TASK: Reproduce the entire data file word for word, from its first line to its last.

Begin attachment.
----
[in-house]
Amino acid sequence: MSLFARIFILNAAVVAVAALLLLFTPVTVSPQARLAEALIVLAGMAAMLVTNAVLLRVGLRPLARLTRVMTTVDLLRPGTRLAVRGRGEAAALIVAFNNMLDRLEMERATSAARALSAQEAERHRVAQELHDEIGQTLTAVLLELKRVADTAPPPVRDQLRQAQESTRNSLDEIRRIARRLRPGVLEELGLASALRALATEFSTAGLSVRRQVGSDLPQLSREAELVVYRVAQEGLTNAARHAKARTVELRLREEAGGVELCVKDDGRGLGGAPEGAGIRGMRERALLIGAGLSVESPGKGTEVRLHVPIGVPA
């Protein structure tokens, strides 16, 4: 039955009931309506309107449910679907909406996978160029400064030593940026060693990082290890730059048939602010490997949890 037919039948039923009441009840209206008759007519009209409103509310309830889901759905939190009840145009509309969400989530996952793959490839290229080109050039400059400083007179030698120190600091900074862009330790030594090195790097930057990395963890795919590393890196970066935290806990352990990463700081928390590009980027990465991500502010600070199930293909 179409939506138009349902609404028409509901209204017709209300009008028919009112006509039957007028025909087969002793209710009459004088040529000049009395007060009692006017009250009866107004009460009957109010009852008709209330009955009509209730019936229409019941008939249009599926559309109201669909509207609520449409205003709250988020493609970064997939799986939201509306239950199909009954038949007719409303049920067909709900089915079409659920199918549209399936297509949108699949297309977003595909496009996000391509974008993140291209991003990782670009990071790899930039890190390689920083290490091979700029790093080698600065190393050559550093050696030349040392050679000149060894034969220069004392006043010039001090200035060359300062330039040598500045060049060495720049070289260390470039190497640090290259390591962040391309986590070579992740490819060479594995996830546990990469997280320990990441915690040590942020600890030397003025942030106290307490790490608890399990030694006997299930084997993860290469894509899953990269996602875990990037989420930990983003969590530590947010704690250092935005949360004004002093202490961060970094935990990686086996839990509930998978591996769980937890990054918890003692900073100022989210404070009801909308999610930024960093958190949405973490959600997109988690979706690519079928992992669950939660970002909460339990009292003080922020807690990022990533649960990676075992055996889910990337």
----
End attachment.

[in-house]
Amino acid sequence: MSLFARIFILNAAVVAVAALLLLFTPVTVSPQARLAEALIVLAGMAAMLVTNAVLLRVGLRPLARLTRVMTTVDLLRPGTRLAVRGRGEAAALIVAFNNMLDRLEMERATSAARALSAQEAERHRVAQELHDEIGQTLTAVLLELKRVADTAPPPVRDQLRQAQESTRNSLDEIRRIARRLRPGVLEELGLASALRALATEFSTAGLSVRRQVGSDLPQLSREAELVVYRVAQEGLTNAARHAKARTVELRLREEAGGVELCVKDDGRGLGGAPEGAGIRGMRERALLIGAGLSVESPGKGTEVRLHVPIGVPA
């Protein structure tokens, strides 16, 4: 039955009931309506309107449910679907909406996978160029400064030593940026060693990082290890730059048939602010490997949890 037919039948039923009441009840209206008759007519009209409103509310309830889901759905939190009840145009509309969400989530996952793959490839290229080109050039400059400083007179030698120190600091900074862009330790030594090195790097930057990395963890795919590393890196970066935290806990352990990463700081928390590009980027990465991500502010600070199930293909 179409939506138009349902609404028409509901209204017709209300009008028919009112006509039957007028025909087969002793209710009459004088040529000049009395007060009692006017009250009866107004009460009957109010009852008709209330009955009509209730019936229409019941008939249009599926559309109201669909509207609520449409205003709250988020493609970064997939799986939201509306239950199909009954038949007719409303049920067909709900089915079409659920199918549209399936297509949108699949297309977003595909496009996000391509974008993140291209991003990782670009990071790899930039890190390689920083290490091979700029790093080698600065190393050559550093050696030349040392050679000149060894034969220069004392006043010039001090200035060359300062330039040598500045060049060495720049070289260390470039190497640090290259390591962040391309986590070579992740490819060479594995996830546990990469997280320990990441915690040590942020600890030397003025942030106290307490790490608890399990030694006997299930084997993860290469894509899953990269996602875990990037989420930990983003969590530590947010704690250092935005949360004004002093202490961060970094935990990686086996839990509930998978591996769980937890990054918890003692900073100022989210404070009801909308999610930024960093958190949405973490959600997109988690979706690519079928992992669950939660970002909460339990009292003080922020807690990022990533649960990676075992055996889910990337």